Stoplight Activities

Stoplights are a daily nuisance.

You’re running late for wherever you had to be three minutes ago, only to see the light you’re rapidly approaching turn to yellow. Pressing down on the gas pedal, the light suddenly turns to red, and you screech your tires to a stop right before entering the intersection.

At this point, some people grumble and wait impatiently for the light to turn green once again, glaring at the light box like it’s suddenly going to become scared and change colors just for you. However, many people see stoplights—no matter how inconvenient—as an opportunity to relax or accomplish things that they did not have time to do previously. Oftentimes, people begin to bank on getting stopped at a stoplight in order to accomplish morning activities, and they become frustrated on days where every light remains green on their journey.

“Wheee, a yellow light! Now, I can blow my nose!”

I put on my socks at stoplights. Every morning, I grab a clean pair of socks and stuff them into my pocket before heading out the door. At the first stoplight I come to, I slip my foot out of my shoe, pull on one sock, and wiggle my foot back into my shoe. At the next stoplight, I put on the other sock. It is very frustrating when I arrive at either school or work with only one sock on, although doing so generally means that I am finally on time for something. Luckily, I am not the only one who has learned to take advantage of these mandatory pauses in my daily commute.

Many people like to daydream at stoplights, especially writers and musicians. What better a time to work on a new plot twist or new lyrics for your hit single than while stuck at a stoplight? You’re all alone with nothing else to do. That time might as well be spent for creative purposes.

Other people enjoy making their fellow drivers feel uncomfortable. “I like to stare at the people in the cars next to me!” reports Andy Brill. People-watching is a favorite pastime of many, especially since drivers seem to think they are invisible while in the confines of their car. How many people have you seen doing socially inappropriate behaviors—like picking their nose—while seated in their car? Most statisticians would bet that a high number of people have been caught in the act.

Still, there are some people who aren’t bothered by other drivers staring at them while engaged in any action other than staring straight ahead at the road. “I like to blast songs like ‘I Will Survive’ and sing along to them dramatically with all of the windows down!” admits Bryan Trujillo. “True story. There is a video of it on Facebook!”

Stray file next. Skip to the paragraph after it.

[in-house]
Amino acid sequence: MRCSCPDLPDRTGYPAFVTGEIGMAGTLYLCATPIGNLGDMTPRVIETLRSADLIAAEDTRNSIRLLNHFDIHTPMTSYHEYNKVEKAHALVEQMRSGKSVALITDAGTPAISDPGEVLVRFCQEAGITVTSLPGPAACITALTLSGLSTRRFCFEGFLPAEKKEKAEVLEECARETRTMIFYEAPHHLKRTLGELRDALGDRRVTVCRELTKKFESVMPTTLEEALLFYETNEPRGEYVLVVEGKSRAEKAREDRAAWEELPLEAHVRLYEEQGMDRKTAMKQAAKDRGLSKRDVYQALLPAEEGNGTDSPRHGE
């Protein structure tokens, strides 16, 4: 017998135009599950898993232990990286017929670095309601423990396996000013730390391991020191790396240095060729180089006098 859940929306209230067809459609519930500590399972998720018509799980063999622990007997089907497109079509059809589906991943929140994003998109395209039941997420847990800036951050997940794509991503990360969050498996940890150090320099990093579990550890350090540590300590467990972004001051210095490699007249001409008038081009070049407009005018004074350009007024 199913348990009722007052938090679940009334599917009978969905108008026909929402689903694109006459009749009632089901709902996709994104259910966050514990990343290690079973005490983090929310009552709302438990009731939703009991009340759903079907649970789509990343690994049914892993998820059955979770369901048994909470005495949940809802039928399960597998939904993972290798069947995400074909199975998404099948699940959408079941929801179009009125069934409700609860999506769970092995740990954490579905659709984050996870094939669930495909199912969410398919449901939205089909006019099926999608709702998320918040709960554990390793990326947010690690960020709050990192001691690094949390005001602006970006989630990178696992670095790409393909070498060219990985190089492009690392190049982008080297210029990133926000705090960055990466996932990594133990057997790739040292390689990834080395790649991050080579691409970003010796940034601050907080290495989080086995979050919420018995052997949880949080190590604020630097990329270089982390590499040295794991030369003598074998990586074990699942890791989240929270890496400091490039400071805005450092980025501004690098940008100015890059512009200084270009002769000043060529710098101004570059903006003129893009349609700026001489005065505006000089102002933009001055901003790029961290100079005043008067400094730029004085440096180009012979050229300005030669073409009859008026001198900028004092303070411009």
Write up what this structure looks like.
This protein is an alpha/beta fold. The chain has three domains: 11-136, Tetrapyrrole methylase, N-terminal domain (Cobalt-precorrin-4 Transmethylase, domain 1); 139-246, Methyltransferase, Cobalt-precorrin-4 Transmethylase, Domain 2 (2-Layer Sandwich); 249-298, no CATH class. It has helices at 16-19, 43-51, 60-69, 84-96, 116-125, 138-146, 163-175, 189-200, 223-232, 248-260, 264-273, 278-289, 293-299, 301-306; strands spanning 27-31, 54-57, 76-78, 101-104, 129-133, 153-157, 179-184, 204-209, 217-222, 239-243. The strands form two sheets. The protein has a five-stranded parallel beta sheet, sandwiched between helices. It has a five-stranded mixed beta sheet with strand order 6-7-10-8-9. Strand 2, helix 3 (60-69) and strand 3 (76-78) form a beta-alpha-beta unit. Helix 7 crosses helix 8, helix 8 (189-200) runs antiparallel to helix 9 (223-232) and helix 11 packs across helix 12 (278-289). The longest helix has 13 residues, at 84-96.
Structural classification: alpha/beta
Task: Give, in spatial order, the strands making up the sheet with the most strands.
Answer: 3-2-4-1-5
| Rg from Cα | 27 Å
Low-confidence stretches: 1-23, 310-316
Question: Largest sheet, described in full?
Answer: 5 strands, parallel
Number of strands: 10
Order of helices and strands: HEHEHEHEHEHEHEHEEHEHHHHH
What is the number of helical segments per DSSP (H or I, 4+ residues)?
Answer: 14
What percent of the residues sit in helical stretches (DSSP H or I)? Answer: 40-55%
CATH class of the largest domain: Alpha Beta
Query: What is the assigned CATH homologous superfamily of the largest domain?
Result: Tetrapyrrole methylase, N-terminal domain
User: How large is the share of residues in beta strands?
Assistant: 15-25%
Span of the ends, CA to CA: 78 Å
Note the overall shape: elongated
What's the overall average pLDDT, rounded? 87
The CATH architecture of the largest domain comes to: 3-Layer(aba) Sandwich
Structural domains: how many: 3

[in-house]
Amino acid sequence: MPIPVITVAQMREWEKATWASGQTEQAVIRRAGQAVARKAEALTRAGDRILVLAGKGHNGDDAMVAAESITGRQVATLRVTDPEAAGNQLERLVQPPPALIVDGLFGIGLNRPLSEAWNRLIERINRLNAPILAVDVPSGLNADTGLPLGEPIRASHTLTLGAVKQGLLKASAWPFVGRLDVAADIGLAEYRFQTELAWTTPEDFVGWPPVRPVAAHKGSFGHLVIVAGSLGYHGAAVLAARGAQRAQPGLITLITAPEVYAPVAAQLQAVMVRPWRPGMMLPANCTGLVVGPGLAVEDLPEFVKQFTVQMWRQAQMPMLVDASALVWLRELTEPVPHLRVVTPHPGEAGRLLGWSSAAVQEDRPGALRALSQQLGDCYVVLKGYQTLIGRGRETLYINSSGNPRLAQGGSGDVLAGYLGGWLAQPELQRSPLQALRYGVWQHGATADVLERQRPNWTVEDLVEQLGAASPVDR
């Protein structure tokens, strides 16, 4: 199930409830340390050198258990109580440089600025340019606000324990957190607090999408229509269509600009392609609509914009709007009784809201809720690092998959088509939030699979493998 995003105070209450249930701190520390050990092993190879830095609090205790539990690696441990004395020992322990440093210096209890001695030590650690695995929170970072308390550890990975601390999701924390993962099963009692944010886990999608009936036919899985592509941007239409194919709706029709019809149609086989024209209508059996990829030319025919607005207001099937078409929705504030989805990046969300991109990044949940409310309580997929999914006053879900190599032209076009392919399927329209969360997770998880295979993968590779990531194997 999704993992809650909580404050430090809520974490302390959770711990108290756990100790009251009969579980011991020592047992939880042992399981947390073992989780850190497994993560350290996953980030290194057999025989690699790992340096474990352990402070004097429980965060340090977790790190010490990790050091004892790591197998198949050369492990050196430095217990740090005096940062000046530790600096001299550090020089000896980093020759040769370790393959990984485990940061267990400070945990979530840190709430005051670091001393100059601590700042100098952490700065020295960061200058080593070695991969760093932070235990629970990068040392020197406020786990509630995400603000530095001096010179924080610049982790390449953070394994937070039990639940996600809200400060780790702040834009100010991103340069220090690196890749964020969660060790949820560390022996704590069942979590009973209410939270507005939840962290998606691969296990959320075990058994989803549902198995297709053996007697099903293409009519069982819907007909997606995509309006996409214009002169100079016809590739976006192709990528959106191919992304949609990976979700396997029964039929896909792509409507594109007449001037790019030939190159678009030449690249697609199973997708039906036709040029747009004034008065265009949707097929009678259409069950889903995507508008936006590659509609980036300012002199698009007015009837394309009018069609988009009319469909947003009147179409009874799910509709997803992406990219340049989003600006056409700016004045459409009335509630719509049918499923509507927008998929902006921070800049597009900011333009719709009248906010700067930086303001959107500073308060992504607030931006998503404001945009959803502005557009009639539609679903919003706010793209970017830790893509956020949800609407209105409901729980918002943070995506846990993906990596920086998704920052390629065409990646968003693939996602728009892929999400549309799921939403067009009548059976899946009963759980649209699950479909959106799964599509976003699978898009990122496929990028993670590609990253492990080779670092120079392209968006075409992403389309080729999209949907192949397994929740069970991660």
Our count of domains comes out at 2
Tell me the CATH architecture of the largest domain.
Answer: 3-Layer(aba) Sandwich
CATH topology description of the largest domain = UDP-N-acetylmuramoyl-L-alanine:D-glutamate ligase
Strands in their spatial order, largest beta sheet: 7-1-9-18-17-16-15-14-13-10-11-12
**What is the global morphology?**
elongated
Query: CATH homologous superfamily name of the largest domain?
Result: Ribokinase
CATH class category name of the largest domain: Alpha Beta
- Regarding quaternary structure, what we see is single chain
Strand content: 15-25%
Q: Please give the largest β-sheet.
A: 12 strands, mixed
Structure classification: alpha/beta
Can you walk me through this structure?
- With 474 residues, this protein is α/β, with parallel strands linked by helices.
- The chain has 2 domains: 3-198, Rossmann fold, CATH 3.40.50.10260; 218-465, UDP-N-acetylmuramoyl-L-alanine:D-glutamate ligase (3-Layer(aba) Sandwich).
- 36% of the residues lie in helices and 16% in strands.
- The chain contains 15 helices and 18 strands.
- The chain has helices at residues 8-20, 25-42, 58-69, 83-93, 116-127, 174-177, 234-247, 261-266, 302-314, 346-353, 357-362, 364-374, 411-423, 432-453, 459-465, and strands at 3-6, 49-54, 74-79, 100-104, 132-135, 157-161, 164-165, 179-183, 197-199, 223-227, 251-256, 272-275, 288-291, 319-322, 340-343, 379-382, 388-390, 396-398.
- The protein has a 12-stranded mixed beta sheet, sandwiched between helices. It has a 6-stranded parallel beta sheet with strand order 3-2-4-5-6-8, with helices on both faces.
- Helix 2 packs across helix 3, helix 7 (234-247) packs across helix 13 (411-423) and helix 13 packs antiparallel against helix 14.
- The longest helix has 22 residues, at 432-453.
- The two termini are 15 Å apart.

Get down with yo’ bad self!

Some are more concerned about mechanical issues while waiting for the light to change. “I try not to stall or burn out when the light turns green,” says Stefan Spaeth. “I drive a stick shift.” Similarly, Nathan Stholer’s manual vehicle plays a crucial role in waiting at stoplights, only he uses his as a boredom-killer rather than as a worry.

“I use the clutch to rock myself back and forth because I am impatient,” Stholer confesses.

The vast majority of people polled enjoy fiddling with their phones at stoplights. Sending text messages, creeping on Facebook and Twitter, checking e-mails, and playing Words With Friends are all fair game to help pass the time. “Why not send texts at stoplights?” laughs Miles Hockman. “The vehicle is stopped, so it’s not illegal. You’re just sitting there anyway.” Most people share Hockman’s sentiment, and I admit that I enjoy Tweeting at stoplights once my socks are firmly on my feet.

Interestingly enough, no one reported simply waiting for the light to change when asked on their individual stoplight behavior, perhaps lending credibility to the belief that adolescents and young adults have the inability to remain bored. Applying make-up, eating, meditating, and taking medication are all common ways to occupy one’s time when waiting at stoplight after stoplight.

The average American spends approximately one year waiting at stoplights over the course of their lifetime. It might as well be spent productively. So long as you are not harming anyone in the vehicles surrounding you—such as by exposing private areas of one’s body, drinking alcoholic beverages, or participating in any other criminal behavior that would get you arrested any other time—make stoplight time your time!

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About Angela Nicole Chu

AngieChu. 27. ENFP-A. Mum to three cats: Kairi, Ezio, and Litten. Taken by Zach. Concert junkie. I write things. I film things. I yoga, bro. Bounce that (bleep) like, whoa!

Posted on November 14, 2012, in News, Opinion and tagged , , , , , , , , , , , , , , , , , , . Bookmark the permalink. Leave a comment.

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